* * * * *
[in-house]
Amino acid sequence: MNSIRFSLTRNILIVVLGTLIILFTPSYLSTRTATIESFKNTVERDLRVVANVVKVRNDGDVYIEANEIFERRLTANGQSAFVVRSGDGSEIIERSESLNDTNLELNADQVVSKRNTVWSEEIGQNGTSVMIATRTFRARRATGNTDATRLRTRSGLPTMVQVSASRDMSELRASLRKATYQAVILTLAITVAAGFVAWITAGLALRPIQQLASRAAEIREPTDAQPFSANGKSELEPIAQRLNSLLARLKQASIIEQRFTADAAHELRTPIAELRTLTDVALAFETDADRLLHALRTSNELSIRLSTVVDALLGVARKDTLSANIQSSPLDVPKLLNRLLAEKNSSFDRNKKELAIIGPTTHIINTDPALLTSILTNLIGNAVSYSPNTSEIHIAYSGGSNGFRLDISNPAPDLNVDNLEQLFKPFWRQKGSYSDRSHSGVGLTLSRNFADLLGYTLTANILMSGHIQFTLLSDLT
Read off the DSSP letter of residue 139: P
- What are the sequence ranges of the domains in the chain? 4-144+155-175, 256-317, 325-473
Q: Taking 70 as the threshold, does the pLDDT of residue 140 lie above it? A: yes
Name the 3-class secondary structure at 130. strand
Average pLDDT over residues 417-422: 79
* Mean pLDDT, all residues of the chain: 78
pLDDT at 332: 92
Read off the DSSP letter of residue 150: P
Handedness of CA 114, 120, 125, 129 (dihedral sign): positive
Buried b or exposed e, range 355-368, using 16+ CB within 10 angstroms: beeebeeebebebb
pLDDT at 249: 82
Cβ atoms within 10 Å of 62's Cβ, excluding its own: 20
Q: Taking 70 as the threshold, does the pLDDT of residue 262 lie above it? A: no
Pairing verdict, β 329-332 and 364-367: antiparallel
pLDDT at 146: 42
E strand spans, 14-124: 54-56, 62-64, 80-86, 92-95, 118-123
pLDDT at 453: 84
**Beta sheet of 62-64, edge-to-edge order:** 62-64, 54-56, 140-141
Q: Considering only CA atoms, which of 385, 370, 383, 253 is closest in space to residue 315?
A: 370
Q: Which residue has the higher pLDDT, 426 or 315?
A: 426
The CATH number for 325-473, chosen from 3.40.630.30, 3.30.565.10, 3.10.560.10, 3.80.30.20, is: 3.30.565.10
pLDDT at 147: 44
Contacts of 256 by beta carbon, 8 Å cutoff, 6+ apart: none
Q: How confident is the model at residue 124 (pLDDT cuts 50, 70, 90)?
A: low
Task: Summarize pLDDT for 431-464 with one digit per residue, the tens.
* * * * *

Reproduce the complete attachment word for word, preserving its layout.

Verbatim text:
[in-house]
Amino acid sequence: MNSIRFSLTRNILIVVLGTLIILFTPSYLSTRTATIESFKNTVERDLRVVANVVKVRNDGDVYIEANEIFERRLTANGQSAFVVRSGDGSEIIERSESLNDTNLELNADQVVSKRNTVWSEEIGQNGTSVMIATRTFRARRATGNTDATRLRTRSGLPTMVQVSASRDMSELRASLRKATYQAVILTLAITVAAGFVAWITAGLALRPIQQLASRAAEIREPTDAQPFSANGKSELEPIAQRLNSLLARLKQASIIEQRFTADAAHELRTPIAELRTLTDVALAFETDADRLLHALRTSNELSIRLSTVVDALLGVARKDTLSANIQSSPLDVPKLLNRLLAEKNSSFDRNKKELAIIGPTTHIINTDPALLTSILTNLIGNAVSYSPNTSEIHIAYSGGSNGFRLDISNPAPDLNVDNLEQLFKPFWRQKGSYSDRSHSGVGLTLSRNFADLLGYTLTANILMSGHIQFTLLSDLT
Read off the DSSP letter of residue 139: P
- What are the sequence ranges of the domains in the chain? 4-144+155-175, 256-317, 325-473
Q: Taking 70 as the threshold, does the pLDDT of residue 140 lie above it? A: yes
Name the 3-class secondary structure at 130. strand
Average pLDDT over residues 417-422: 79
* Mean pLDDT, all residues of the chain: 78
pLDDT at 332: 92
Read off the DSSP letter of residue 150: P
Handedness of CA 114, 120, 125, 129 (dihedral sign): positive
Buried b or exposed e, range 355-368, using 16+ CB within 10 angstroms: beeebeeebebebb
pLDDT at 249: 82
Cβ atoms within 10 Å of 62's Cβ, excluding its own: 20
Q: Taking 70 as the threshold, does the pLDDT of residue 262 lie above it? A: no
Pairing verdict, β 329-332 and 364-367: antiparallel
pLDDT at 146: 42
E strand spans, 14-124: 54-56, 62-64, 80-86, 92-95, 118-123
pLDDT at 453: 84
**Beta sheet of 62-64, edge-to-edge order:** 62-64, 54-56, 140-141
Q: Considering only CA atoms, which of 385, 370, 383, 253 is closest in space to residue 315?
A: 370
Q: Which residue has the higher pLDDT, 426 or 315?
A: 426
The CATH number for 325-473, chosen from 3.40.630.30, 3.30.565.10, 3.10.560.10, 3.80.30.20, is: 3.30.565.10
pLDDT at 147: 44
Contacts of 256 by beta carbon, 8 Å cutoff, 6+ apart: none
Q: How confident is the model at residue 124 (pLDDT cuts 50, 70, 90)?
A: low
Task: Summarize pLDDT for 431-464 with one digit per residue, the tens.